On this day in Labor History the year was 1947 that was the day that the US House of Representatives found ten Hollywood writers and directors in contempt for their alleged ties to Communism.
The decision was based on the House Un-American Activities Committee’s finding the ten to be in contempt the week before.
More than forty screenwriters, directors and producers were brought before the committee to testify about allegations of rampant Communist activities in the movie-making industry.
During the Cold War fear of Communism reached a fevered pitch.
This included the fear that Communists were infiltrating Hollywood to spread their message to the public through the movies.
Ten refused to answer the committee’s questions or to name names of other potential Communists.
Each of the ten was fined $1,000, sentenced to a year in prison, and blacklisted from working in Hollywood.
Perhaps the most well-known of the ten was one of Hollywood’s leading screenwriters, Dalton Trumbo.
He served 11 months in federal prison for refusing to cooperate with House Un-American Activities Committee.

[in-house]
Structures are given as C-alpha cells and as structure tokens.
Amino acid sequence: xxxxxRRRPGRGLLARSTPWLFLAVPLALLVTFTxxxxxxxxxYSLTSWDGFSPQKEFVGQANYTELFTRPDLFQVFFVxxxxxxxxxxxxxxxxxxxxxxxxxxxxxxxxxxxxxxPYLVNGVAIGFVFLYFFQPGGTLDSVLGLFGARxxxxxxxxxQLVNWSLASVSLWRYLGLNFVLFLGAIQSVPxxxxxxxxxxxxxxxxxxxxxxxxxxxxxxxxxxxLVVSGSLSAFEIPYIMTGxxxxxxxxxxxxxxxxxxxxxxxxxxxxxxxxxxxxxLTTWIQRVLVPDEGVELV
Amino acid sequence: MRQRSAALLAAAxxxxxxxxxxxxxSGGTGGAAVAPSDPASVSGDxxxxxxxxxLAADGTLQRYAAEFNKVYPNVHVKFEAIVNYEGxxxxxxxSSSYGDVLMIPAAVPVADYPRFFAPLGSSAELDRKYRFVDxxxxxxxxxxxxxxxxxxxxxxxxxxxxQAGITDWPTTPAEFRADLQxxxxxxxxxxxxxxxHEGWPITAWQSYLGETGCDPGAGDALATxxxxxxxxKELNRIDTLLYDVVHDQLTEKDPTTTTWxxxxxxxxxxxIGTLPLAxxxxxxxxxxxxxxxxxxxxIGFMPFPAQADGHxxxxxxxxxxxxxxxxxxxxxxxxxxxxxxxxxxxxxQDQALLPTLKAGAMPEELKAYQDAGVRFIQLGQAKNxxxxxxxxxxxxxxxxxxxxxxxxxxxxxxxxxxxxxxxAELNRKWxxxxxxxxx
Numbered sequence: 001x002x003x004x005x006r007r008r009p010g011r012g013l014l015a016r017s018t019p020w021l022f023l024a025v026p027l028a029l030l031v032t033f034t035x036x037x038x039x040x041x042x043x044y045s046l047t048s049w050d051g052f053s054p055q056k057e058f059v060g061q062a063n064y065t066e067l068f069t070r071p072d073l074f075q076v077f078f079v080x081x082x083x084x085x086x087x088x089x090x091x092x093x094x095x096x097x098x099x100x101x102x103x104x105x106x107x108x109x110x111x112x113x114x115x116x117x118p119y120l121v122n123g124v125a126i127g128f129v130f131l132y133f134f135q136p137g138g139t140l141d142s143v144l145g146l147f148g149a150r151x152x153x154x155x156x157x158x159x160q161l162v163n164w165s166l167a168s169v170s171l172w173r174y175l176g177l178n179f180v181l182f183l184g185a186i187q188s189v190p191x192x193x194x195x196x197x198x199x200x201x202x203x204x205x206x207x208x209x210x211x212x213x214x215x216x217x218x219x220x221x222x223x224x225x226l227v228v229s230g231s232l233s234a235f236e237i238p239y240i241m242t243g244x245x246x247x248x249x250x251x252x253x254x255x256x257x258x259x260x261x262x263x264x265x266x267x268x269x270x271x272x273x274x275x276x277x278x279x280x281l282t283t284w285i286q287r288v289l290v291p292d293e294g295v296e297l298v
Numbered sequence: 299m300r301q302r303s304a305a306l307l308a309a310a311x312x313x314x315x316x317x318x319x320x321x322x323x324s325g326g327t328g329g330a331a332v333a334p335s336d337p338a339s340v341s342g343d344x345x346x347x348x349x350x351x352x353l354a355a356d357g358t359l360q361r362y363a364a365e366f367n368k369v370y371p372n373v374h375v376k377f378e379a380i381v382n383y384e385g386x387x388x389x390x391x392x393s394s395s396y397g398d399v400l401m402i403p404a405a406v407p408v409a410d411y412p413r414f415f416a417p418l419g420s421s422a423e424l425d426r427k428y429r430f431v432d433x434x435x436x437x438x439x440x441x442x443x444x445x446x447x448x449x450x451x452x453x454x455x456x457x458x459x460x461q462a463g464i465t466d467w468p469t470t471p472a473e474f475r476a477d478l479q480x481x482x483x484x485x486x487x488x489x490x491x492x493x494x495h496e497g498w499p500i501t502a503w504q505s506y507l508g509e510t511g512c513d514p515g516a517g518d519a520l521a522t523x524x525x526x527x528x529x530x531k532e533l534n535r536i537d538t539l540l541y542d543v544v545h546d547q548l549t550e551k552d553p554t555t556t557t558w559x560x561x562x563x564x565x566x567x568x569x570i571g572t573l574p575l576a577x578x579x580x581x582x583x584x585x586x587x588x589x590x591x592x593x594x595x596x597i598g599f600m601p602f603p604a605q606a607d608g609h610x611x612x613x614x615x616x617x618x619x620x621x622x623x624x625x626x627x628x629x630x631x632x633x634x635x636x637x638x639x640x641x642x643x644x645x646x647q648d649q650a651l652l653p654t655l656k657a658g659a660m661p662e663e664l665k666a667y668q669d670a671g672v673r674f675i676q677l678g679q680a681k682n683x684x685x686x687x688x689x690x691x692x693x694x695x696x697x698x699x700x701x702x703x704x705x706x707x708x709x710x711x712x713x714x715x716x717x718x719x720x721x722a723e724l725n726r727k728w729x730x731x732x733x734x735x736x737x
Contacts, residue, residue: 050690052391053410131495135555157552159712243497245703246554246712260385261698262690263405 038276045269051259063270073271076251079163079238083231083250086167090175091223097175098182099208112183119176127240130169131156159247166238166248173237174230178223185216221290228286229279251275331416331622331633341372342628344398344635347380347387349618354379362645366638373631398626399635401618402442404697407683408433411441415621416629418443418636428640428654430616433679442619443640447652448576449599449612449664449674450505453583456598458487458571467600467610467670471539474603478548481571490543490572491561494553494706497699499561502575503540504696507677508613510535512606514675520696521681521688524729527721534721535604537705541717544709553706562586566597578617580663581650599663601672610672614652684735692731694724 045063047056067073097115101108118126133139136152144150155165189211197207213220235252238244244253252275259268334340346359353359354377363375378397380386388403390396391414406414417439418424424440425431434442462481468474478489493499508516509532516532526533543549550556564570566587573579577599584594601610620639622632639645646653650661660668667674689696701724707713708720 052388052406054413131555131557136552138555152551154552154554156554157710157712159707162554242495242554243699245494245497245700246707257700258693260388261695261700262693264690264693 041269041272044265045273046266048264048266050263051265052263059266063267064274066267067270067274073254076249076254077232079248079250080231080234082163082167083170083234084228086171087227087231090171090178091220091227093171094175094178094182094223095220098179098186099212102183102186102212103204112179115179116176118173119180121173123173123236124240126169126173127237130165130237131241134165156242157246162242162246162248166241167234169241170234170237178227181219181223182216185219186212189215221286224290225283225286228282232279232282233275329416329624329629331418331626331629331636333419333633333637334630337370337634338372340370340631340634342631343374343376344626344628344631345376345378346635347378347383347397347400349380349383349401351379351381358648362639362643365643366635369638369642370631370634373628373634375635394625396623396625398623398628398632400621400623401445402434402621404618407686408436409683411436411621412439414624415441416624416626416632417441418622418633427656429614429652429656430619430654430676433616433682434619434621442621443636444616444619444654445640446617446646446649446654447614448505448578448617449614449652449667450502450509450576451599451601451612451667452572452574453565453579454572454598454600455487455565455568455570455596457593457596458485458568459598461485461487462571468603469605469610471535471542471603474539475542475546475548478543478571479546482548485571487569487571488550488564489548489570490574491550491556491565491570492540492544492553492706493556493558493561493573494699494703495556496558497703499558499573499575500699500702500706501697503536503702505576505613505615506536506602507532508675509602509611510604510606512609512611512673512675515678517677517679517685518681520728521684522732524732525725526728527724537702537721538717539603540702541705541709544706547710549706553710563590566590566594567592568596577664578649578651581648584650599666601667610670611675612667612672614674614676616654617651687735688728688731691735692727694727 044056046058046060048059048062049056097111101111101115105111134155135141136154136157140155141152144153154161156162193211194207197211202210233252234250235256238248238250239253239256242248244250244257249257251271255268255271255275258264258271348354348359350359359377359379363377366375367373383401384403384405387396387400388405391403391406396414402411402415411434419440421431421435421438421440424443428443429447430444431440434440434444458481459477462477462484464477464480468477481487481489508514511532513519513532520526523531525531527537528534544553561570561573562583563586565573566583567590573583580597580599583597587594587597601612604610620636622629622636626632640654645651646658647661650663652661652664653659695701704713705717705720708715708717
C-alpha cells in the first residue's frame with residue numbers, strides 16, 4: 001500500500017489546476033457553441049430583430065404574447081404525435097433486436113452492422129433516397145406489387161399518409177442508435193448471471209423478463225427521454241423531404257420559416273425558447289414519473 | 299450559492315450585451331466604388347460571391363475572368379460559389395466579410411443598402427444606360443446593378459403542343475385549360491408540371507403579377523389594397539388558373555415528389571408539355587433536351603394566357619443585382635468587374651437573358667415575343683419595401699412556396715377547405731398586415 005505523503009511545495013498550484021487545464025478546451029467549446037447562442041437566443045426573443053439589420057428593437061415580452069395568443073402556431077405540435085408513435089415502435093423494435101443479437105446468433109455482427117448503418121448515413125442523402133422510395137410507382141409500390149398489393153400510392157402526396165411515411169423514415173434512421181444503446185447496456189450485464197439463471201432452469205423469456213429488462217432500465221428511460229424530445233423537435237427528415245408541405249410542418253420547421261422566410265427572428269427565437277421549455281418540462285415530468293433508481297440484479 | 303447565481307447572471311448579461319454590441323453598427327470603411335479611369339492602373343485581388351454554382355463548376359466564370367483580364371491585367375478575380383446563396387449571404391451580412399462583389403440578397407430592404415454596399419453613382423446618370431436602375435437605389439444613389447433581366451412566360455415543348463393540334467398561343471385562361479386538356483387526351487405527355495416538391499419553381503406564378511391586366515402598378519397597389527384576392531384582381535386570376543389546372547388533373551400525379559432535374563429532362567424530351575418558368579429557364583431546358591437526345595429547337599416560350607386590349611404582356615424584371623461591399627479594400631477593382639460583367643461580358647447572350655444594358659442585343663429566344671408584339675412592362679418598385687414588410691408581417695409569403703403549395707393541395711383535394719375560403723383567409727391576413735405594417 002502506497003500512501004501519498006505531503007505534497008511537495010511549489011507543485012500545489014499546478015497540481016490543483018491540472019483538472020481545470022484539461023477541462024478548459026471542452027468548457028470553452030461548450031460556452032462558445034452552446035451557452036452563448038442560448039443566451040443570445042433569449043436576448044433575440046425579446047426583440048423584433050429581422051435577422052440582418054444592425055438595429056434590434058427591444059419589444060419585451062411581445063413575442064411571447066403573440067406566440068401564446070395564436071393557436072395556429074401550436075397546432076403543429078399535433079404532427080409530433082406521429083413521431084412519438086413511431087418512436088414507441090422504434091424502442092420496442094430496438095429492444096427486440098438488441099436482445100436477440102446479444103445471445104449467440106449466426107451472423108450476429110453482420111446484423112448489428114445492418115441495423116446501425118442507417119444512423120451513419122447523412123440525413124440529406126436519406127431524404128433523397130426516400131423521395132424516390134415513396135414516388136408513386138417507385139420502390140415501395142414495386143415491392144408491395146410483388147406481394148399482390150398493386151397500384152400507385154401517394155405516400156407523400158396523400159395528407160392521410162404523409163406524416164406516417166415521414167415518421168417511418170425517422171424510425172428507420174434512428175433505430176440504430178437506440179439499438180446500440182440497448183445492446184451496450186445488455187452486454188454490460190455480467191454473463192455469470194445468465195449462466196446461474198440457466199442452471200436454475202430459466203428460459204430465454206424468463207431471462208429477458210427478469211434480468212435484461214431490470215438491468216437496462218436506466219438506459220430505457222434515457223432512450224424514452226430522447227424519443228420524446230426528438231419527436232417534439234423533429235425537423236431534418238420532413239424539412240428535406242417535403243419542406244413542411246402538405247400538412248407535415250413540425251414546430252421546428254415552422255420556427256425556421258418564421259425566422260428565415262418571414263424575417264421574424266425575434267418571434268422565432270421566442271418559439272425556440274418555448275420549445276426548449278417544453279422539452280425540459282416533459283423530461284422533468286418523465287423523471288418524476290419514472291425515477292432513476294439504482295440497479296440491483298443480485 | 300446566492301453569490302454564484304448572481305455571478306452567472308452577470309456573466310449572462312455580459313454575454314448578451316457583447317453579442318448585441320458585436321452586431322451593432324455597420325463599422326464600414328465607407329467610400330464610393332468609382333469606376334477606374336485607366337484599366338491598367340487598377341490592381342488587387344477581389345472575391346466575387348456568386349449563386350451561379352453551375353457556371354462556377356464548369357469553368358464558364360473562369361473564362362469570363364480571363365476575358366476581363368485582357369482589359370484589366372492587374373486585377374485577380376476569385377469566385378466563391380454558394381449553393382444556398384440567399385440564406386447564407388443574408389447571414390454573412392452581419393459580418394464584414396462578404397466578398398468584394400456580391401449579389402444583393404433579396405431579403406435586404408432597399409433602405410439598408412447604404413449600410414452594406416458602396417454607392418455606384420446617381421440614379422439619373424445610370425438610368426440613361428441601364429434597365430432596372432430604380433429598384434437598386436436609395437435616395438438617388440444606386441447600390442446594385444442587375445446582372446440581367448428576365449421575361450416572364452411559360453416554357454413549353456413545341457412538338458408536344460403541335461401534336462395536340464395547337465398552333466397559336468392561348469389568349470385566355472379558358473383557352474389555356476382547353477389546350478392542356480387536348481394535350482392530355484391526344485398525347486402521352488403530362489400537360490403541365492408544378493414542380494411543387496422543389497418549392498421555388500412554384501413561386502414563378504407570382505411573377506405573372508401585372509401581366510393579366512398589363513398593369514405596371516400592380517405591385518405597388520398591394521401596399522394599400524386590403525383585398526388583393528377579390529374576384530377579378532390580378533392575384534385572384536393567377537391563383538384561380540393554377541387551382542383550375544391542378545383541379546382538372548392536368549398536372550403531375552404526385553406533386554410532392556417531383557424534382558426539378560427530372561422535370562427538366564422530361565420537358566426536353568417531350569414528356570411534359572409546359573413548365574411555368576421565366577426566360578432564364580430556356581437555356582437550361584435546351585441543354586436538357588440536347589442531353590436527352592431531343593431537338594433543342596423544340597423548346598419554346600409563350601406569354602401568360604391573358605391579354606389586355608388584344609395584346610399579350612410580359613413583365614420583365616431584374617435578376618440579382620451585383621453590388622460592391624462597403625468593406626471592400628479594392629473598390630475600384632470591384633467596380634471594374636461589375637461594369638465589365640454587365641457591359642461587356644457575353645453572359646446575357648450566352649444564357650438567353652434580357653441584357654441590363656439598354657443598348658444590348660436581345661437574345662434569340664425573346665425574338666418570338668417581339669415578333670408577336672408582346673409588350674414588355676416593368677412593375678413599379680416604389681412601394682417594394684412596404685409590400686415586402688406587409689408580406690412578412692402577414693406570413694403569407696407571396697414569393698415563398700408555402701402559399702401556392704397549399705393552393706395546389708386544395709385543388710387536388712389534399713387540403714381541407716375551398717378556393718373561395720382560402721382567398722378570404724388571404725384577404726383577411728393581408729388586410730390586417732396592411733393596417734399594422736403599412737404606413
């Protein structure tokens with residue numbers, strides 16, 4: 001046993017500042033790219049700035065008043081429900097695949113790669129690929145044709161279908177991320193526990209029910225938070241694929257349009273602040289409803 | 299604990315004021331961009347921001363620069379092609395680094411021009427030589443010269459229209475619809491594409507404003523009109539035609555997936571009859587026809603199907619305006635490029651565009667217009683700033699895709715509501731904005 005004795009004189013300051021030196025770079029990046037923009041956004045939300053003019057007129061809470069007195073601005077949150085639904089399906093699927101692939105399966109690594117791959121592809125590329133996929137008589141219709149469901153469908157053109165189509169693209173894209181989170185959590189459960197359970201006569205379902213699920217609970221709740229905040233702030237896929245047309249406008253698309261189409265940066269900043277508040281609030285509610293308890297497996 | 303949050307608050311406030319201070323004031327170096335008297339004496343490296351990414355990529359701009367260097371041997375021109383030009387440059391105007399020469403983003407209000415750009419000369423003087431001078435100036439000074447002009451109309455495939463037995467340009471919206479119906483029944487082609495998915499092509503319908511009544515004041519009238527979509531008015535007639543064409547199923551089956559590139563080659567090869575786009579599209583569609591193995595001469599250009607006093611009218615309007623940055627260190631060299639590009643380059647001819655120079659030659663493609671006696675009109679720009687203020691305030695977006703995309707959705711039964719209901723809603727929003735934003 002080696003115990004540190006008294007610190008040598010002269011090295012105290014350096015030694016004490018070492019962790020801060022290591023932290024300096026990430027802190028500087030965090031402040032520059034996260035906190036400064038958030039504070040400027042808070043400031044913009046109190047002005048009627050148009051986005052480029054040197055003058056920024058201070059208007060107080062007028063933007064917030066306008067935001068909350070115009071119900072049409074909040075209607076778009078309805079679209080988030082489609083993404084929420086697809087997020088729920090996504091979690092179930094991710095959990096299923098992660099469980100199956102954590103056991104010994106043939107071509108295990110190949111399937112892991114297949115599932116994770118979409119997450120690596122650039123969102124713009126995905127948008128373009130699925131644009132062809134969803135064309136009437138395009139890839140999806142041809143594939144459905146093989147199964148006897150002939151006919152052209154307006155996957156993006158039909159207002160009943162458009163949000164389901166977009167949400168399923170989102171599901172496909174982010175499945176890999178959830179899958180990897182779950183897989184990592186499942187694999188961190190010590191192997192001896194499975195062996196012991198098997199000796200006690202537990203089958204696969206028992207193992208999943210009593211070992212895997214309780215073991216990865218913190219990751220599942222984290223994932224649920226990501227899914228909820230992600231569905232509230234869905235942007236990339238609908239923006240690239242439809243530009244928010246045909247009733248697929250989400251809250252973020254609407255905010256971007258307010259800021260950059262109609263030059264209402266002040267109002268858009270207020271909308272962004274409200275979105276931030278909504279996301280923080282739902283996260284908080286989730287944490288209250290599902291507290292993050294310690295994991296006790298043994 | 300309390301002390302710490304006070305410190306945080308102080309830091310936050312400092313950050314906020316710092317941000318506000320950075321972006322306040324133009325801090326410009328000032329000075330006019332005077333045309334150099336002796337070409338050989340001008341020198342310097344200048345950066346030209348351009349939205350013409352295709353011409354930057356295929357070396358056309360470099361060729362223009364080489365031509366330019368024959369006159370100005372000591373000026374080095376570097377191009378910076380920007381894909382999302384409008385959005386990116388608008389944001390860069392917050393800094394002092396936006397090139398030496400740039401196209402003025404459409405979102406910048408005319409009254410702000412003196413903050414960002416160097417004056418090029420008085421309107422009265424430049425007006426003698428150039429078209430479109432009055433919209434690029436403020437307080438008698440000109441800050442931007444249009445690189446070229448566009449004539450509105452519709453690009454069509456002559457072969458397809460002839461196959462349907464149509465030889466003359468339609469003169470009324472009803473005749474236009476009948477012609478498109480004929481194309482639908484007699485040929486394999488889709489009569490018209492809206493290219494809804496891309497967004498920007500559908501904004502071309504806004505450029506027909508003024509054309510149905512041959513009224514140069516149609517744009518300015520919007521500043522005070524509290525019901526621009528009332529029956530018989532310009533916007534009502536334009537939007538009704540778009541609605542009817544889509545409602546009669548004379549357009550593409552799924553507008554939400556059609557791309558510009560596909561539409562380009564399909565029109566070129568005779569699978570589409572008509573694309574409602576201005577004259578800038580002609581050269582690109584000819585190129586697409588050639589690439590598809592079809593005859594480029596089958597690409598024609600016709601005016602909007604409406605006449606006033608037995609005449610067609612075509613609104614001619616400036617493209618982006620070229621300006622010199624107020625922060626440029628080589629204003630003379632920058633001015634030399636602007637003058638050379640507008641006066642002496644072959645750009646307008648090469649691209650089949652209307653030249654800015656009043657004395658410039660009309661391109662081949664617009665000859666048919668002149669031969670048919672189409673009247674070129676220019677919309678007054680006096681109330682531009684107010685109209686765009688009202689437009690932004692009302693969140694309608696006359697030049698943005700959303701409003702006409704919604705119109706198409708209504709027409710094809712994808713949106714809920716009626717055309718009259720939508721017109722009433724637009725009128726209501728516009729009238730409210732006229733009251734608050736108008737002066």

While he was blacklisted he wrote the screen play for Roman Holiday, the romantic film starring Gregory Peck and Audrey Hepburn.
Since Trumbo could not take credit for the film, another screenwriter friend put his name on it.
Roman Holiday won the 1953 Academy Award for best screenplay.
Three years later another Trumbo script, The Brave One also received the Academy Award.
Finally, in 1960 Trumbo worked on Stanley Kubrick’s acclaimed film Spartacus.
Kubrick refused to remove Trumbo from the credits—busting the blacklist.
In 2015, actor Bryan Cranston starred in a film about Trumbo’s life.
During the House Un-American Activities Committee’s hearings, the Screen Actors Guild passed a resolution that members had to disavow any ties to the Communist Party.
They also elected actor Ronald Regan president of their union.